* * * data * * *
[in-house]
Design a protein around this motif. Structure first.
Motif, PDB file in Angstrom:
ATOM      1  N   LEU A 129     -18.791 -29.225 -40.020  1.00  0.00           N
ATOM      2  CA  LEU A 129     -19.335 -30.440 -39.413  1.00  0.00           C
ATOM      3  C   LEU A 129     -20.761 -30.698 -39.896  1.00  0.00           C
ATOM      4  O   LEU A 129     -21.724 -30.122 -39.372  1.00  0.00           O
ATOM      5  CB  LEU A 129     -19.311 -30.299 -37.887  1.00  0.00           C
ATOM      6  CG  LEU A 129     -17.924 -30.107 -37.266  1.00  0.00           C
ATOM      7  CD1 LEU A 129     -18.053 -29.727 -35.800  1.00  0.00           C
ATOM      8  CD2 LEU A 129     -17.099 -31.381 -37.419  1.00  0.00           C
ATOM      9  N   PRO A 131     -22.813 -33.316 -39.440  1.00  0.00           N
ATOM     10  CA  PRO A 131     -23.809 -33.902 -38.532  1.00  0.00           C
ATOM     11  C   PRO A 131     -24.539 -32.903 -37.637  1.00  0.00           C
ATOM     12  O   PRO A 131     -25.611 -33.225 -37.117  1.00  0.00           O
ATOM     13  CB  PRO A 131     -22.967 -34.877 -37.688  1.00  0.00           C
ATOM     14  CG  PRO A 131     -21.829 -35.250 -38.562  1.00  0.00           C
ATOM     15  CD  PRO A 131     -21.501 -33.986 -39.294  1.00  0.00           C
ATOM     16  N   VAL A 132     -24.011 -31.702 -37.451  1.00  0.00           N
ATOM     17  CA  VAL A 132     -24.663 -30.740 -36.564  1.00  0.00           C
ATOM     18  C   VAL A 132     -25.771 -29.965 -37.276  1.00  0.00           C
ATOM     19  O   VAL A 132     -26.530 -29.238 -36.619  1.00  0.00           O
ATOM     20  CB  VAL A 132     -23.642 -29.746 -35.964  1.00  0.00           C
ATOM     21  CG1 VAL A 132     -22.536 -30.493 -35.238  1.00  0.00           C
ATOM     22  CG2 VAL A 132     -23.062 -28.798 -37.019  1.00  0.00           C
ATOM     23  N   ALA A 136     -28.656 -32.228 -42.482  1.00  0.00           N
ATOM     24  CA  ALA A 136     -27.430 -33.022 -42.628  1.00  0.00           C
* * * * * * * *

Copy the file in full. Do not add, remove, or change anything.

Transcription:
[in-house]
Design a protein around this motif. Structure first.
Motif, PDB file in Angstrom:
ATOM      1  N   LEU A 129     -18.791 -29.225 -40.020  1.00  0.00           N
ATOM      2  CA  LEU A 129     -19.335 -30.440 -39.413  1.00  0.00           C
ATOM      3  C   LEU A 129     -20.761 -30.698 -39.896  1.00  0.00           C
ATOM      4  O   LEU A 129     -21.724 -30.122 -39.372  1.00  0.00           O
ATOM      5  CB  LEU A 129     -19.311 -30.299 -37.887  1.00  0.00           C
ATOM      6  CG  LEU A 129     -17.924 -30.107 -37.266  1.00  0.00           C
ATOM      7  CD1 LEU A 129     -18.053 -29.727 -35.800  1.00  0.00           C
ATOM      8  CD2 LEU A 129     -17.099 -31.381 -37.419  1.00  0.00           C
ATOM      9  N   PRO A 131     -22.813 -33.316 -39.440  1.00  0.00           N
ATOM     10  CA  PRO A 131     -23.809 -33.902 -38.532  1.00  0.00           C
ATOM     11  C   PRO A 131     -24.539 -32.903 -37.637  1.00  0.00           C
ATOM     12  O   PRO A 131     -25.611 -33.225 -37.117  1.00  0.00           O
ATOM     13  CB  PRO A 131     -22.967 -34.877 -37.688  1.00  0.00           C
ATOM     14  CG  PRO A 131     -21.829 -35.250 -38.562  1.00  0.00           C
ATOM     15  CD  PRO A 131     -21.501 -33.986 -39.294  1.00  0.00           C
ATOM     16  N   VAL A 132     -24.011 -31.702 -37.451  1.00  0.00           N
ATOM     17  CA  VAL A 132     -24.663 -30.740 -36.564  1.00  0.00           C
ATOM     18  C   VAL A 132     -25.771 -29.965 -37.276  1.00  0.00           C
ATOM     19  O   VAL A 132     -26.530 -29.238 -36.619  1.00  0.00           O
ATOM     20  CB  VAL A 132     -23.642 -29.746 -35.964  1.00  0.00           C
ATOM     21  CG1 VAL A 132     -22.536 -30.493 -35.238  1.00  0.00           C
ATOM     22  CG2 VAL A 132     -23.062 -28.798 -37.019  1.00  0.00           C
ATOM     23  N   ALA A 136     -28.656 -32.228 -42.482  1.00  0.00           N
ATOM     24  CA  ALA A 136     -27.430 -33.022 -42.628  1.00  0.00           C